The results show that the students improved in their inferential comprehension abilities to some extent as 100% of the students scored higher on the post-test.

    Analysis of the students' performance in the he various categories of Raphael's Question-Answering Relationship revealed that the training enhanced the inferential comprehension abilities of the low group more than the high group though both groups had shown strong improvement in the PIT categories.

    Findings from the questionnaires revealed unanimous agreement among the subjects that the two strategies taught were beneficial as they perceived themselves to have improved in their general comprehension abilities. Besides, 98% felt strongly that the explicit teaching of the two comprehension strategies should be carried out for other students as it was beneficial.
      420  64
  • Publication
    Restricted
    Creating a Technology-rich Authentic Learning Environment (TALE): Using a mobile app to engage students in real world learning for Elements of Business Skills
    (Office of Education Research, National Institute of Education, Singapore, 2023) ;
    Koh, Noi Keng
    ;
    Seah, Hock Soon
    ;
    Chow, Daryl
    ;
    The current study was a translational study on creating educational effectiveness in secondary schools with students from the Normal (Technical) (NT) stream studying the Elements of Business Skills (EBS) subject. This expanded on an earlier study at NIE with EBS students (Koh, 2012) that investigated whether students learnt better when they were able to make meaningful connections between the school curriculum and their learning experiences outside of school at workplace environments. The findings revealed that experiential learning gained from the authentic environment of students’ work attachment contributed to their conceptual understanding of the EBS subject. The study also noted a cross transfer of knowledge and skills from the classroom to the workplace and vice-versa. The aim of this TALE study was to investigate how technology, in the form of a mobile learning application, can enable redesign of the formal curriculum to be expanded to seamlessly accommodate learning that occurs outside of classrooms to align with the goals of the ICT mp4. Mobile learning can be defined as “any kind of learning that takes place inside or outside traditional learning environment via mobile devices [that] are able to move with the learner to allow learning anytime, anywhere” (Alavi, Nematbakhsh, & Zeraati, 2018, p. 113).
      8  59
  • Publication
    Open Access
      115  136
  • Publication
    Open Access
    Pre-service teachers’ ICT knowledge, attitude and use of ICT for learning and teaching
    (Office of Education Research, National Institute of Education, Singapore, 2020) ;
    Koh, Noi Keng
    There has been some research into ICT in pre-service teacher training (see Aslan and Zhu, 2014; Teo, 2009; Yücel, Acun, Tarman & Mete, 2010; Aslan & Zhu, 2014). In investigating 1230 Singaporean pre-service teachers' ICT competencies, pedagogical beliefs, and their beliefs on the espoused use of ICT, Chai (2010) affirmed the link between the pre-service teachers' ICT competencies, their pedagogical beliefs and their espoused use of ICT. However Chai (2010) has also highlighted the need to do further research as ‘the relationship between teachers' level of ICT skills and how they would use ICT in classroom is however an area that has not received much attention’ (p. 388).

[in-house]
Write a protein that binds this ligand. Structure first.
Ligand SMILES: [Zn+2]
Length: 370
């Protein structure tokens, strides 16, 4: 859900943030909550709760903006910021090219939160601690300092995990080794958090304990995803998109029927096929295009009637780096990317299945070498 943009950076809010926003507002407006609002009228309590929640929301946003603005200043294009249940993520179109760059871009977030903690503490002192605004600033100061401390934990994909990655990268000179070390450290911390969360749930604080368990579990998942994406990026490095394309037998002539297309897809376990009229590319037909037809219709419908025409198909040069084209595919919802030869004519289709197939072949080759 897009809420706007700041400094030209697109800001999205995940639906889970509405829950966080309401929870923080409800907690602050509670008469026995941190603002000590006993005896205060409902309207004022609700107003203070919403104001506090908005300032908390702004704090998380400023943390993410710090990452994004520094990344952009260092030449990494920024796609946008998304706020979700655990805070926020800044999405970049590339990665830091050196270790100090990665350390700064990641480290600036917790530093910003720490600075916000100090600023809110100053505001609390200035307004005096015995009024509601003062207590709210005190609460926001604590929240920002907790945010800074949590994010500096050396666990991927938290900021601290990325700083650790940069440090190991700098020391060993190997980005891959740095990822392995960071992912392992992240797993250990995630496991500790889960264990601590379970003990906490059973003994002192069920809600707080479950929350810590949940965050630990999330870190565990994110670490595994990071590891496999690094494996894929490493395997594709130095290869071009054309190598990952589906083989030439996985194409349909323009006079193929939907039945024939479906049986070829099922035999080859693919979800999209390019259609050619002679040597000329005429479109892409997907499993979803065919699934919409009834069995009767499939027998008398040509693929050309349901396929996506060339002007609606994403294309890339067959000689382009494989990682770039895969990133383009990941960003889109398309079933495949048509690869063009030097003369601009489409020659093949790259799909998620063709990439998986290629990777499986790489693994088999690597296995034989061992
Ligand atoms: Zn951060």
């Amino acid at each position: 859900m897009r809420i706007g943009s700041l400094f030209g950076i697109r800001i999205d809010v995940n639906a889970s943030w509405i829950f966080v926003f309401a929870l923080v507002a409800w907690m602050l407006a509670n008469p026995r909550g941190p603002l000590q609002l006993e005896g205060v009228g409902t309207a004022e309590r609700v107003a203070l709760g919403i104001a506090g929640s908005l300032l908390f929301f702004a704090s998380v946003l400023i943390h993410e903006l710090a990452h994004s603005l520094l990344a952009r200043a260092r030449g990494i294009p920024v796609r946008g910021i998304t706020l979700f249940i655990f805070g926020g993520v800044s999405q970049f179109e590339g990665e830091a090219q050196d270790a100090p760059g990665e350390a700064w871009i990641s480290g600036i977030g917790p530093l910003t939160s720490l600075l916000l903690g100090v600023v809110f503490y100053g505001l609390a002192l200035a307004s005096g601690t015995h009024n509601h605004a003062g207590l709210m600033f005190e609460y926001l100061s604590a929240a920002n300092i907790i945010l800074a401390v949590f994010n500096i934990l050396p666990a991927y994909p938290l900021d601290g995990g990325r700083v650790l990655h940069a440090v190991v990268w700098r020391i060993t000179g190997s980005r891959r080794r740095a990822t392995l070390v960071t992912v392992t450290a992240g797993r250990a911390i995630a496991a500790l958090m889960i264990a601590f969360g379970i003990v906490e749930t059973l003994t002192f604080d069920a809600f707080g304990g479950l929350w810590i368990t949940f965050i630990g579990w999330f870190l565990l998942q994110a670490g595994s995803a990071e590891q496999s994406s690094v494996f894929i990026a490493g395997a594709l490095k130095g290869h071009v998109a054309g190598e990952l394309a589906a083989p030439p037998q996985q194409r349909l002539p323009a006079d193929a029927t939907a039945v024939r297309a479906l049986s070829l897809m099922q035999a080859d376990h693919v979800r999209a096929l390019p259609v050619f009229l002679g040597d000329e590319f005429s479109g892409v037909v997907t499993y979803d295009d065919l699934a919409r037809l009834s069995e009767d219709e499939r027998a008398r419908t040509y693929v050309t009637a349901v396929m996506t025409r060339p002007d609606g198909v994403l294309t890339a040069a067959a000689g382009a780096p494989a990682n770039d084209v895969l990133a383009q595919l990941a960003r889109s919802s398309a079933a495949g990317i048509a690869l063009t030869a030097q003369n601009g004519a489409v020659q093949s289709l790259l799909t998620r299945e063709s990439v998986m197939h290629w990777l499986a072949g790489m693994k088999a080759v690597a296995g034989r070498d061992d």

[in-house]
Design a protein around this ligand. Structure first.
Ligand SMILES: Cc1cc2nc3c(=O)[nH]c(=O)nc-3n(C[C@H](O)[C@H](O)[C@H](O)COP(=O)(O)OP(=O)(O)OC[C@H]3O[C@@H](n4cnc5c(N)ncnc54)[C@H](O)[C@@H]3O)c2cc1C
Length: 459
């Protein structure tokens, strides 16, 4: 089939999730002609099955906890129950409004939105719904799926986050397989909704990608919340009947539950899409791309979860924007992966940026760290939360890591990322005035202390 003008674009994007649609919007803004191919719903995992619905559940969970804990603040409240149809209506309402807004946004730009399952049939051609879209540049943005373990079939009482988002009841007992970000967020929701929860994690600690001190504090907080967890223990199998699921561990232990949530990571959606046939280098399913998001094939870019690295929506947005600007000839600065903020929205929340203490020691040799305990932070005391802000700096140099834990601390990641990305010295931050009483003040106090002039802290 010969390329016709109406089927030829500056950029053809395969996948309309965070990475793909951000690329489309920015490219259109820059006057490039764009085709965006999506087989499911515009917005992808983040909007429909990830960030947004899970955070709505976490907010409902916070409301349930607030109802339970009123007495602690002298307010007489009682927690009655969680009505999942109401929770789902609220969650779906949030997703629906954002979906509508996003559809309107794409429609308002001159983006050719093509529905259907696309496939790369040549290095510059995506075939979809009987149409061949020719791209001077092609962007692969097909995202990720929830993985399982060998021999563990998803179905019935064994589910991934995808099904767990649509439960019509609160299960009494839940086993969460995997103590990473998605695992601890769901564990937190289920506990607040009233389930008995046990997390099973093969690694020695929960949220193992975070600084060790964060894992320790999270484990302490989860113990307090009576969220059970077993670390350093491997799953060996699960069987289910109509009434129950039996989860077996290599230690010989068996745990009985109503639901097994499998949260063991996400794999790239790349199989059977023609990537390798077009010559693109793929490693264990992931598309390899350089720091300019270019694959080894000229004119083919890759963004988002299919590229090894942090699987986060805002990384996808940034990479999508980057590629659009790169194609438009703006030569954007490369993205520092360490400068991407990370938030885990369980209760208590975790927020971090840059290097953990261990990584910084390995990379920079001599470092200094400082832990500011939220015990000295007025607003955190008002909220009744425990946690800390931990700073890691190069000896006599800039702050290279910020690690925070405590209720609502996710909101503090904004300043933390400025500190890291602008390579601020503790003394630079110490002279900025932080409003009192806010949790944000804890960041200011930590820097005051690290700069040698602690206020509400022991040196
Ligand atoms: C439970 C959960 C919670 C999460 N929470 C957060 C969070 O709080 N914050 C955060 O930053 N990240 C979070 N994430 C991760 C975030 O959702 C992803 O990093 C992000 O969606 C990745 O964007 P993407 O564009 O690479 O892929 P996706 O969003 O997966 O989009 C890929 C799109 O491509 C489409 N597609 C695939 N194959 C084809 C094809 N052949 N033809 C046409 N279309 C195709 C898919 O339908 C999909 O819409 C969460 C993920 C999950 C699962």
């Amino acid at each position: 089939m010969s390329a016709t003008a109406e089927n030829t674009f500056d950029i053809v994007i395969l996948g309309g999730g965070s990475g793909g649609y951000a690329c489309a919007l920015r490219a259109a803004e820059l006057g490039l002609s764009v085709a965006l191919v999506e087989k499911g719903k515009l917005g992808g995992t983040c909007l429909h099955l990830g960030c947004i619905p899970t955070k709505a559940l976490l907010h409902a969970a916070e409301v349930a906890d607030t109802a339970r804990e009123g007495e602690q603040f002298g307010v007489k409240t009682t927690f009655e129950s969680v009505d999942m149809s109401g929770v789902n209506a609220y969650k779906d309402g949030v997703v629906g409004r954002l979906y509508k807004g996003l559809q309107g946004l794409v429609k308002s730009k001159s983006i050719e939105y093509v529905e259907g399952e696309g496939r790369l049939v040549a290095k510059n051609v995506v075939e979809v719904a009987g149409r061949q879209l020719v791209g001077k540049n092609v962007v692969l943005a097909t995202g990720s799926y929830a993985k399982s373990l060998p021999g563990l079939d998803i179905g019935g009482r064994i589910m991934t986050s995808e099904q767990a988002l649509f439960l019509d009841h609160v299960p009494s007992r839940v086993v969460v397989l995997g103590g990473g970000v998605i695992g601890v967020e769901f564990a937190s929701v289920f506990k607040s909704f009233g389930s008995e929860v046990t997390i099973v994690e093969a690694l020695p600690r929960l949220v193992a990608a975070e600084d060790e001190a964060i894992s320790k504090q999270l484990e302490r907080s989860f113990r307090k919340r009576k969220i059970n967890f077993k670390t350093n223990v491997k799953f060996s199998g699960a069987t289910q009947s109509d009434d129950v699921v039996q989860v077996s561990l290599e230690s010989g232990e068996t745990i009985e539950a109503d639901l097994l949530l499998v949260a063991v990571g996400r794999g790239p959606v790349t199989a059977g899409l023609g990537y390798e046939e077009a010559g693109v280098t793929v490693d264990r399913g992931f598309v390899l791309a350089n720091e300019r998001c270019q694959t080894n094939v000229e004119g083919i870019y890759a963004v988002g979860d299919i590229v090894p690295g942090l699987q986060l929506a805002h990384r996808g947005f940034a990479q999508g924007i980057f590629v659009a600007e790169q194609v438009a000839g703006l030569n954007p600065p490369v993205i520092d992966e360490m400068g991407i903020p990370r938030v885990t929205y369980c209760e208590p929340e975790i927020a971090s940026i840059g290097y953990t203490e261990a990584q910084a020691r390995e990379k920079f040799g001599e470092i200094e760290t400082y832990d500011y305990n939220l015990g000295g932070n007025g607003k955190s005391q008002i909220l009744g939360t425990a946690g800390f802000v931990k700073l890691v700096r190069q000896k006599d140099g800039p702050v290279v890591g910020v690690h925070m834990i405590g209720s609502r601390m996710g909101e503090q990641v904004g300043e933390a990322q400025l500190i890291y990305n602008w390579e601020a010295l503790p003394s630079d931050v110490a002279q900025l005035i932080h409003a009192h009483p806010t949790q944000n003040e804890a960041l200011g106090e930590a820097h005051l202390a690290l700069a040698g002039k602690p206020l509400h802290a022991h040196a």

338  100
  • Publication
    Open Access
      713  6845
  • Publication
    Metadata only
    Second language teacher identity: A synthesis of reflections from applied linguists
    This chapter synthesizes eighteen reflections on language teacher identity research through the analytic framework of pragmatistic, critical, hermeneutic and phenomenological approaches and perspectives. These eighteen applied linguistics scholars from Spain, Pakistan, Sri Lanka, South Africa, Austria, Slovakia, New Zealand, Brazil, Columbia, Iceland, Finland, South Korea, Japan, China and Singapore examine the substance of second language teacher identity research on a topic that has witnessed an exponential growth of interest among ELT / TESOL researchers from the applied linguists’ perspective. In reflecting on one’s identity as a language teacher/applied linguist through the framework of four approaches and perspectives, the chapter covers the following areas: definition of language teacher identity, the impact of social, cultural, and political factors in influencing the construction of teacher identity, the relevance of second language teacher identity in one’s specialized field, and future directions for teacher identity research in various specializations in applied linguistics. This chapter will inform second language teachers, teacher educators and researchers not only in Asia, but also globally, of second language teacher identity as a dynamic concept that can be changed and developed, subject to cultural, social, contextual, and political situations.
    Scopus© Citations 1  88